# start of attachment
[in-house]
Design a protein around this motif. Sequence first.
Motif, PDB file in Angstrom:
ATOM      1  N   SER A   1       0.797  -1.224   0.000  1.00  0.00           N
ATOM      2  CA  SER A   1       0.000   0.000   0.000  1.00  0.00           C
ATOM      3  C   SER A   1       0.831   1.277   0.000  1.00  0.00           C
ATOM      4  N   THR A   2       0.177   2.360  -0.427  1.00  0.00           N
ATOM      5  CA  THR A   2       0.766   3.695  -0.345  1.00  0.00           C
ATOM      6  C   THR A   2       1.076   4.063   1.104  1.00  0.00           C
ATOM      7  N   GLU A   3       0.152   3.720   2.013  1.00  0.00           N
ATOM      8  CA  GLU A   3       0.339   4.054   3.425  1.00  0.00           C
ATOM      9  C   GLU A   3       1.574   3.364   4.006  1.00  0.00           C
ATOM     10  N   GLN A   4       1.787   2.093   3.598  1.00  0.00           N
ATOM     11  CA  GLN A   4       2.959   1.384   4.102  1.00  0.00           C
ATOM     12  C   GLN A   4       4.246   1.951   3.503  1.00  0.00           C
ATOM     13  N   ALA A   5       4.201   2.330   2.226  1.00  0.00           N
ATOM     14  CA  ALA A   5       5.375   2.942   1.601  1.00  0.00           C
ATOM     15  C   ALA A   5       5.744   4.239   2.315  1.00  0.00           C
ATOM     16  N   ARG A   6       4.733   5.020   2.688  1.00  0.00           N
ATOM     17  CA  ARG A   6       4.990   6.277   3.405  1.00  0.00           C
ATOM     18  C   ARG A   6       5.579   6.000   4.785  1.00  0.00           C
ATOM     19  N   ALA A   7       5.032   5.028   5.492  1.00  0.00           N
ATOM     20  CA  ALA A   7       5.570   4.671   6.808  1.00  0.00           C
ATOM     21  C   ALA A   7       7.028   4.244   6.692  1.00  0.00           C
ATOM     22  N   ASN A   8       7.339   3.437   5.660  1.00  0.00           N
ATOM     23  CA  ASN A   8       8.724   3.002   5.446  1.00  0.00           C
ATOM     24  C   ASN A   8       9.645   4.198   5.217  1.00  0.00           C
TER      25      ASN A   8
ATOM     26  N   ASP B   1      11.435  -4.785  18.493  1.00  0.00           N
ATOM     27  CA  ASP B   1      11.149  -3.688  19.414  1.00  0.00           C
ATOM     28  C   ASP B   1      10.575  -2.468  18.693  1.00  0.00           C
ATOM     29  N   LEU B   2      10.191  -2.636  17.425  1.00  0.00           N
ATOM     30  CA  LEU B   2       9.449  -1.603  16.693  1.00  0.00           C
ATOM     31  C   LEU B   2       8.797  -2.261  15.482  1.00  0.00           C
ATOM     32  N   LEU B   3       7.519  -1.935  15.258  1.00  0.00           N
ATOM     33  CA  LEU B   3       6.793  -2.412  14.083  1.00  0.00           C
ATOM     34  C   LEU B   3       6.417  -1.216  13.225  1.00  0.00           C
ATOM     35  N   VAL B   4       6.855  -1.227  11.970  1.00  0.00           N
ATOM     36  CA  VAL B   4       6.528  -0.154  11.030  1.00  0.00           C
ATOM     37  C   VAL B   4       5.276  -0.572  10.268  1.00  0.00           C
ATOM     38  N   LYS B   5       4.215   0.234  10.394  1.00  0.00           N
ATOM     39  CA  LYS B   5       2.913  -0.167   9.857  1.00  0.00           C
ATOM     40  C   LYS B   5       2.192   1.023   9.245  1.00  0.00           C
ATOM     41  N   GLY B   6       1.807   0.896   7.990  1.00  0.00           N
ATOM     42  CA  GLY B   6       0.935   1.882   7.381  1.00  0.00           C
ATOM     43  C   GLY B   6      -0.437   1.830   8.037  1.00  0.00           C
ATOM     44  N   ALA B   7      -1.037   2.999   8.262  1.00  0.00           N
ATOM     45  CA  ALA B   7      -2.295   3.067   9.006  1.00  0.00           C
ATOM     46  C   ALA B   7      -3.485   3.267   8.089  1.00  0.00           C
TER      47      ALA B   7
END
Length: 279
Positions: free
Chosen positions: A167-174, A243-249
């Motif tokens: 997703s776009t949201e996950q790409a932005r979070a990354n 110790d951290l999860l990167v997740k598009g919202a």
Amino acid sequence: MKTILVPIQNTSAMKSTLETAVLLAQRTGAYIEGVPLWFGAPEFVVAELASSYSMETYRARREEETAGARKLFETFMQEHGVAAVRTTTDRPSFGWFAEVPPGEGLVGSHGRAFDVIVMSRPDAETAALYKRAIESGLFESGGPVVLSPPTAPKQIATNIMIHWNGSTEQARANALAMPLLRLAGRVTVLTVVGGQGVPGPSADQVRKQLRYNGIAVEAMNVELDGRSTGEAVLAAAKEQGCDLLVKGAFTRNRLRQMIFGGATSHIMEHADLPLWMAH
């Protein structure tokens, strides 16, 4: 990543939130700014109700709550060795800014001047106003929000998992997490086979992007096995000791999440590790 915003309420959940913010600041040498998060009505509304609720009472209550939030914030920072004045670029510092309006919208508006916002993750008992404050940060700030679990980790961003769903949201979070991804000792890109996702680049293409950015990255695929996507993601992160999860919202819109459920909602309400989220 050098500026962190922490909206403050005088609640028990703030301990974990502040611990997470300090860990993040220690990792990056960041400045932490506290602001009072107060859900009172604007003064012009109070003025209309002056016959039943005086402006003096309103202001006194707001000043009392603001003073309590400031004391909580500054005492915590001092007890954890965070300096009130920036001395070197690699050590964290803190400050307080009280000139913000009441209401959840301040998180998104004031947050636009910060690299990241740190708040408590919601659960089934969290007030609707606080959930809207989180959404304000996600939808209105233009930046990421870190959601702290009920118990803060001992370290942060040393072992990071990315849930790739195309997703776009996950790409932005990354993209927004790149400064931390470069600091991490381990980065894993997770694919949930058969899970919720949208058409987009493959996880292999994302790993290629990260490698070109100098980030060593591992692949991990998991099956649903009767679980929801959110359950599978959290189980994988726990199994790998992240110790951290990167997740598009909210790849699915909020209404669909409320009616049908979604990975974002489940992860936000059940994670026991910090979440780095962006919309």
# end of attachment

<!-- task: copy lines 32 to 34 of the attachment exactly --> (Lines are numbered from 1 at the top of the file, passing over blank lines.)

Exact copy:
ATOM     29  N   LEU B   2      10.191  -2.636  17.425  1.00  0.00           N
ATOM     30  CA  LEU B   2       9.449  -1.603  16.693  1.00  0.00           C
ATOM     31  C   LEU B   2       8.797  -2.261  15.482  1.00  0.00           C